The Disappearing Chess World
The Incredible Disappearing Chess World
I suppose it was bound to happen sooner or later, but I had been hoping it would be later than sooner. We have come to think of the internet as a place where chess players, tournament organizers and chess fans of all persuasions could all come together and celebrate the promotion of the game for the game’s sake. Where watching a tournament LIVE or downloading the PGN is as uncomplicated and natural as a pretty girl’s smile…
But those times are disappearing, and might soon only be a memory. Leading chess websites are quickly trying to monetize on our passion for the game. Agon – the financial arm of FIDE – immediately comes to mind, but is hardly the only guilty suspect. Wrote Peter Doggers last week of Agon’s monetizing initiatives:
“The user experience for following the Candidates’, the world championship match and now these Grand Prix tournaments is simply worse than at other major tournaments. An important reason is Agon’s position towards the live transmission of games.
By trying (and, thus far, failing) to limit the live transmission to the WorldChess website, Agon has alienated a number of well-established chess websites. One of the major Russian sites, ChessPro, hasn’t covered Agon’s events since the Candidates’ Tournament last year. Chess24, who have been involved in lawsuits with Agon, decided to boycott the Moscow Grand Prix altogether and also did not cover yesterday’s first round of the Geneva GP…All in all, it seems regardless of their statements, things are tough for Agon right now, but even harder for those interested in follow these tournaments.“
But, truth be told, Chess24 is just as guilty of trying to monetize on the transmission of games as Agon, but it operates with a different scheme. Chess24 freely gives the moves LIVE, but if you want to afterwards download the games (PGN) then you must first buy a membership package!
Worse still, this practice by Chess24 (and other websites that have LIVE coverage packages) effectively discourage tournament organizers from offering PGN files to third party sites that traditionally specialize in free downloads.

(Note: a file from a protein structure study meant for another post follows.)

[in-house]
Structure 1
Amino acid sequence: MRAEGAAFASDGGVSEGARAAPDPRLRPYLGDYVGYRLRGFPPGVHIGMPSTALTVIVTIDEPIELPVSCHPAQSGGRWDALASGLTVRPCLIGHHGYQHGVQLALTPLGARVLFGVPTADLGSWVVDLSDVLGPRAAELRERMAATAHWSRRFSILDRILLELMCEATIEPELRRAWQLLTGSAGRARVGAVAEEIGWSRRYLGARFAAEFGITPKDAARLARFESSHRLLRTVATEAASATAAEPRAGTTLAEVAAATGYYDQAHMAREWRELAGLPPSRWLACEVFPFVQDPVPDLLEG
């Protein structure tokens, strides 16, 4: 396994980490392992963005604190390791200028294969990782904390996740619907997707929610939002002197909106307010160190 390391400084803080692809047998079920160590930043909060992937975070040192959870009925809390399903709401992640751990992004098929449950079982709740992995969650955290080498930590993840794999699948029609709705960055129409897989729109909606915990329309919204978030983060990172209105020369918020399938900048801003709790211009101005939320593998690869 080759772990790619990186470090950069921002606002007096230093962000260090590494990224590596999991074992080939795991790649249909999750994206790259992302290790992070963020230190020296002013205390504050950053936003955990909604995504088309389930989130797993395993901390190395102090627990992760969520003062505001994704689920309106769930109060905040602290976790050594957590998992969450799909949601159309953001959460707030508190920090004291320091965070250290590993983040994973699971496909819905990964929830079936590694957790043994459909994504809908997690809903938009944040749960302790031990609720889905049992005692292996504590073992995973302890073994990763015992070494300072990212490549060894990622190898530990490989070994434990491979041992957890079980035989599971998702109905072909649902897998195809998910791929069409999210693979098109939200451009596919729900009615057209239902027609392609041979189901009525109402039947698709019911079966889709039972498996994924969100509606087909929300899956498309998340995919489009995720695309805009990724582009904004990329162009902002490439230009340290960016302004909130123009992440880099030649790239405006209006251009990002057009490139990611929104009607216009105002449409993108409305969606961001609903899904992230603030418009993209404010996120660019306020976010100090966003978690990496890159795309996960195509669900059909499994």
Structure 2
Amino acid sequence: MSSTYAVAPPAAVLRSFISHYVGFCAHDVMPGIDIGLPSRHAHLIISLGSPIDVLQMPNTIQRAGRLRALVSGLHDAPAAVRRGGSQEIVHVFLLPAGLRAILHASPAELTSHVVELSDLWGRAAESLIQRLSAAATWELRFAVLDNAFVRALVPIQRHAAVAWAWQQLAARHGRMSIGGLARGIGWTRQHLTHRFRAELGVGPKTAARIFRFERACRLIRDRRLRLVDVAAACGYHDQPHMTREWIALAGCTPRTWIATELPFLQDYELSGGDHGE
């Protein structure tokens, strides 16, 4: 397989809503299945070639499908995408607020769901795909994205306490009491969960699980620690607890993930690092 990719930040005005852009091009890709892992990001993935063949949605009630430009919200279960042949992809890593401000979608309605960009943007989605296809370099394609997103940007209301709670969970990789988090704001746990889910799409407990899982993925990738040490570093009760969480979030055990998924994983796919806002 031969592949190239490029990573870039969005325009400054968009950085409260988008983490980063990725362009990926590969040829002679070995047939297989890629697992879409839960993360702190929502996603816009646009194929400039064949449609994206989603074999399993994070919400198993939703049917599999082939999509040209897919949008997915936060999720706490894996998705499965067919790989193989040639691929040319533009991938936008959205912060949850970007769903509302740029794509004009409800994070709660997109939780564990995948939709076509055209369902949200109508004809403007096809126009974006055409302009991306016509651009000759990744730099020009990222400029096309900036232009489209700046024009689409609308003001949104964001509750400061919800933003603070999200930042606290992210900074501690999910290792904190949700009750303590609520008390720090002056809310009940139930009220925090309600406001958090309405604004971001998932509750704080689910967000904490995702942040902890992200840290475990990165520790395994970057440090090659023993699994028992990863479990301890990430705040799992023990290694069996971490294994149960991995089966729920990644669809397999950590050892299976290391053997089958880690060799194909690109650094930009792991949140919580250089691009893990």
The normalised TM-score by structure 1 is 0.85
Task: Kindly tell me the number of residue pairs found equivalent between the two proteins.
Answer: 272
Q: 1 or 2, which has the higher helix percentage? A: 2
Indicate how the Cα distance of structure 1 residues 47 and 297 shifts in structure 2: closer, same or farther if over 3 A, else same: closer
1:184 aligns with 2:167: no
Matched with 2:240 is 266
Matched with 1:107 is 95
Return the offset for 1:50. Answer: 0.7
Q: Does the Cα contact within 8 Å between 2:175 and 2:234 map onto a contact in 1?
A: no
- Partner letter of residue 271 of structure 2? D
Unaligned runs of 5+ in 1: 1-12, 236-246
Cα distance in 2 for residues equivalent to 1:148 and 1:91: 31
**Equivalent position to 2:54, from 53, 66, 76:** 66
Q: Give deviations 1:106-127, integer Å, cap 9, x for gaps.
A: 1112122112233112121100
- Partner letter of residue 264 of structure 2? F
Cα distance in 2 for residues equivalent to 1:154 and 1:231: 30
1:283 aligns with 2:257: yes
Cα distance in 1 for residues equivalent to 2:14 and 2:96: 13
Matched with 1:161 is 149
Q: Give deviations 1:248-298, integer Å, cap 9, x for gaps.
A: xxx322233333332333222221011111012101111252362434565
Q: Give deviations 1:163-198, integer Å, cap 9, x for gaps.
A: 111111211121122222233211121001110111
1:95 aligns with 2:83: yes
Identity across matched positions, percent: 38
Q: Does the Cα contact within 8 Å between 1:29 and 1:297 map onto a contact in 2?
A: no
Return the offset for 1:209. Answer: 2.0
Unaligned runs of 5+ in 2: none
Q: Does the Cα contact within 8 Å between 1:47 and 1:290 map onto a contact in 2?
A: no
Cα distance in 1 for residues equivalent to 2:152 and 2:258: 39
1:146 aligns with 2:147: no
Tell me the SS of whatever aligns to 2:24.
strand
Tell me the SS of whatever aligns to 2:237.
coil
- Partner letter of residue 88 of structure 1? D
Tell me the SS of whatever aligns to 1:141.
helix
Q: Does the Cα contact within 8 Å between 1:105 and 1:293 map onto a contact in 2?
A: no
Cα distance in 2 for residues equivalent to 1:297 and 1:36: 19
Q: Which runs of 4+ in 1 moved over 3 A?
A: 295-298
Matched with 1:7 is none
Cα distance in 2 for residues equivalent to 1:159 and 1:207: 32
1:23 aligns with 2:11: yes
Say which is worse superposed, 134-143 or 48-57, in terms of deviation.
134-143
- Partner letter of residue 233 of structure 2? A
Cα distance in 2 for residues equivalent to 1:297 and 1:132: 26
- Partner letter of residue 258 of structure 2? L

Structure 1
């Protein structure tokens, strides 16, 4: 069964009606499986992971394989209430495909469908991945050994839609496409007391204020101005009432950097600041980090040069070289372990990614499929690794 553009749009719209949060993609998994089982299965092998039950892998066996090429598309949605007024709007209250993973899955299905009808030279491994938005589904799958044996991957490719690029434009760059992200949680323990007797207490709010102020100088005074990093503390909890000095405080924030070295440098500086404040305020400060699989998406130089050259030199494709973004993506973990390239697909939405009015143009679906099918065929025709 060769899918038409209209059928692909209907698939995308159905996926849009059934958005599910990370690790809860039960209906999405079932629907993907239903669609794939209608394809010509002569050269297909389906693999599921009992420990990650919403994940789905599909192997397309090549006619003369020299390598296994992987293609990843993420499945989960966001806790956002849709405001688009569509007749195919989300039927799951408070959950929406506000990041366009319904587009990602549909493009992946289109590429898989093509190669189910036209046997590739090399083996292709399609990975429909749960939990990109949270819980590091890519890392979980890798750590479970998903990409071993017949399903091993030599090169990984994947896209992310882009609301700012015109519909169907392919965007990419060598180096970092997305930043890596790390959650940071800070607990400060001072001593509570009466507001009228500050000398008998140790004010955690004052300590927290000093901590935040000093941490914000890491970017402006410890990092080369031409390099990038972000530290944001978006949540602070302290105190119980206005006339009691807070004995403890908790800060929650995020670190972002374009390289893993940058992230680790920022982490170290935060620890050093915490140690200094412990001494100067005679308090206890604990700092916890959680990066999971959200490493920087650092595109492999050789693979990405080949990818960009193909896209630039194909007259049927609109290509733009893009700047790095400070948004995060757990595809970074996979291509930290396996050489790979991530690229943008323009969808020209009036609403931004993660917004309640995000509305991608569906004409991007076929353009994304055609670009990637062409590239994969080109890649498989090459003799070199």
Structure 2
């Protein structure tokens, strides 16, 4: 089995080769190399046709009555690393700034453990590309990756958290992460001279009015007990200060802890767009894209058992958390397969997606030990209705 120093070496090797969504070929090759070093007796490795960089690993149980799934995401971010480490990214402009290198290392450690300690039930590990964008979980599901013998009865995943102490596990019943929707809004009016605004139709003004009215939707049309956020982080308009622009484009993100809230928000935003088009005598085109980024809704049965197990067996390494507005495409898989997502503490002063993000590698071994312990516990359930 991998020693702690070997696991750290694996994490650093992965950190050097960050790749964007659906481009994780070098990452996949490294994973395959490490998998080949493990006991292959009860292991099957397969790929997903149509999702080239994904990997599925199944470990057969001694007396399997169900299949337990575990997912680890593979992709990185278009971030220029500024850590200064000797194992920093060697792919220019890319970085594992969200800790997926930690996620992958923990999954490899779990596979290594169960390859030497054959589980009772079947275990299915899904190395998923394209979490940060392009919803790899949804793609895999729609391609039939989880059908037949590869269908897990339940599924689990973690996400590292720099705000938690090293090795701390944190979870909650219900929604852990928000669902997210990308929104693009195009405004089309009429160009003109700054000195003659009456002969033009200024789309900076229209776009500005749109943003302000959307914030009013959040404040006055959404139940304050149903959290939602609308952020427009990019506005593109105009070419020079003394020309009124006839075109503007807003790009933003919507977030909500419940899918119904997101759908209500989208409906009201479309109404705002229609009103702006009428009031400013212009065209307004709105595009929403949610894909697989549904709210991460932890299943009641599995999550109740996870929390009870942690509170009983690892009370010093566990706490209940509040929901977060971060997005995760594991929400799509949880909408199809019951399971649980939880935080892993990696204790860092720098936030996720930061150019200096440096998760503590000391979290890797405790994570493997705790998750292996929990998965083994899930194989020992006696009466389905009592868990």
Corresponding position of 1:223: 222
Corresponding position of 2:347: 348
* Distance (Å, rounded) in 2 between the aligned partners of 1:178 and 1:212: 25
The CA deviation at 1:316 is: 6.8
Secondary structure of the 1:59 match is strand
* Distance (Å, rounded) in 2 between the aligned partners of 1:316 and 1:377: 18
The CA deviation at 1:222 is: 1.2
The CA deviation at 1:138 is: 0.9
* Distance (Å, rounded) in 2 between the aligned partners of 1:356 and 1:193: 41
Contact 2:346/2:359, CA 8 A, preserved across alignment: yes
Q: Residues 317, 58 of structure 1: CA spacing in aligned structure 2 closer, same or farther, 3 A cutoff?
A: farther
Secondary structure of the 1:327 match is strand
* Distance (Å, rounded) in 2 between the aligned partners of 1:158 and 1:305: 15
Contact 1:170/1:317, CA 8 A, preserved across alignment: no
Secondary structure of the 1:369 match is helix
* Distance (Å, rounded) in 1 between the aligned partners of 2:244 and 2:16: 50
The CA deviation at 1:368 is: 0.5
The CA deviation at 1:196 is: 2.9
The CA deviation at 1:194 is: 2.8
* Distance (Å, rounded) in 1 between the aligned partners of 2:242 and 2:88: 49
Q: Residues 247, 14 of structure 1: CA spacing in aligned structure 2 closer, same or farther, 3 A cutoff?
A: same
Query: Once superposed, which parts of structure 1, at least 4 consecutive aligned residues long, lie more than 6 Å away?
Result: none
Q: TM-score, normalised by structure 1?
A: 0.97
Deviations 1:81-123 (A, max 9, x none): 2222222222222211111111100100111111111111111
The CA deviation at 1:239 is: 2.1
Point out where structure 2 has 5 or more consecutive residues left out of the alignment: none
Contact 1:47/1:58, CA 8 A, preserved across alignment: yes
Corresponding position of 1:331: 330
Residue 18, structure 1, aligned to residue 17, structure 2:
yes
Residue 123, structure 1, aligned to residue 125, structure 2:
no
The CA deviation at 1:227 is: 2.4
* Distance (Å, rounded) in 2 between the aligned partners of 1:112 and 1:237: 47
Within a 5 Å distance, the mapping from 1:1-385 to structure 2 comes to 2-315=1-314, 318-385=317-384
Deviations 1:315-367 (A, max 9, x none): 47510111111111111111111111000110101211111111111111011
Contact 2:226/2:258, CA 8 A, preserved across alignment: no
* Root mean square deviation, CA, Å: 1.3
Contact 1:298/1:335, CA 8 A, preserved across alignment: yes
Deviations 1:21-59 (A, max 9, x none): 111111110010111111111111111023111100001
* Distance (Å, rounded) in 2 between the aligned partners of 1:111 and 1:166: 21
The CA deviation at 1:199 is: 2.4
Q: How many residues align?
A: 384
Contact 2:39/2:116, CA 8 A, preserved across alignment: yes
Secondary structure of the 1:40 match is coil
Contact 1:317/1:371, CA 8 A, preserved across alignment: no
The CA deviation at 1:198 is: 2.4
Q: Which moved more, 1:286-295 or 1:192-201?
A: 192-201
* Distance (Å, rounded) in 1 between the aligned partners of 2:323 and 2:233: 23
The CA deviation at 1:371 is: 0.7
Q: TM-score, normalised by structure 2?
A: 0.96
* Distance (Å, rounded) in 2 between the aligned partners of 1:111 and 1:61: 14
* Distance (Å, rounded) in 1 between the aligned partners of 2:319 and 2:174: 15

TWIC comes immediately to mind:
The above sad image is from this morning’s TWIC website. TWIC is perhaps the best known website during the past 20-odd years for free PGN downloads of tournaments, and as far as I am concerned, has been my principal source of pgn for my blog.
As we can witness above, TWIC is hardly recognizable anymore! For downloading purposes, TWIC is almost dead (however, the site still offers other excellent services). I have to search the internet for the PGN downloads that I want, and it is becoming increasingly difficult, and in many cases impossible.
It might seem wonderful at first sight that more and more tournaments are going on-line, and that the number of sites offering LIVE coverage is growing (ICC, Chess24, ChessBomb, ChessDom, etc), but if something as basic as the game score is becoming almost impossible to find – except if you are willing to PAY for it – then chess on the internet has its days counted.
Long ago the courts decided that game scores can not be copyrighted. Despite this, the insistence of AGON and other leading chess operators to ignore this fundamental legal reality and try to get chess players and fans to fork over some coins for the game score is hurting chess’ potential to grow on-line.
I understand that those who invest tens of thousands of dollars (or more!) to build a website want a return on their investment. But, as any professional chess player knows only too well, money is HARD to find in the chess world. Any website owner who wants to make money from chess should get a REAL job!
The continued efforts to monetize internet chess news and tournament game scores is simply alienating the chess community, leading to money being wasted on futile law suits and breaking apart what was once a vibrant on-line chess culture. The promotion of chess needs people who can add to what already exists, not people who try to profit from what does NOT belong to them.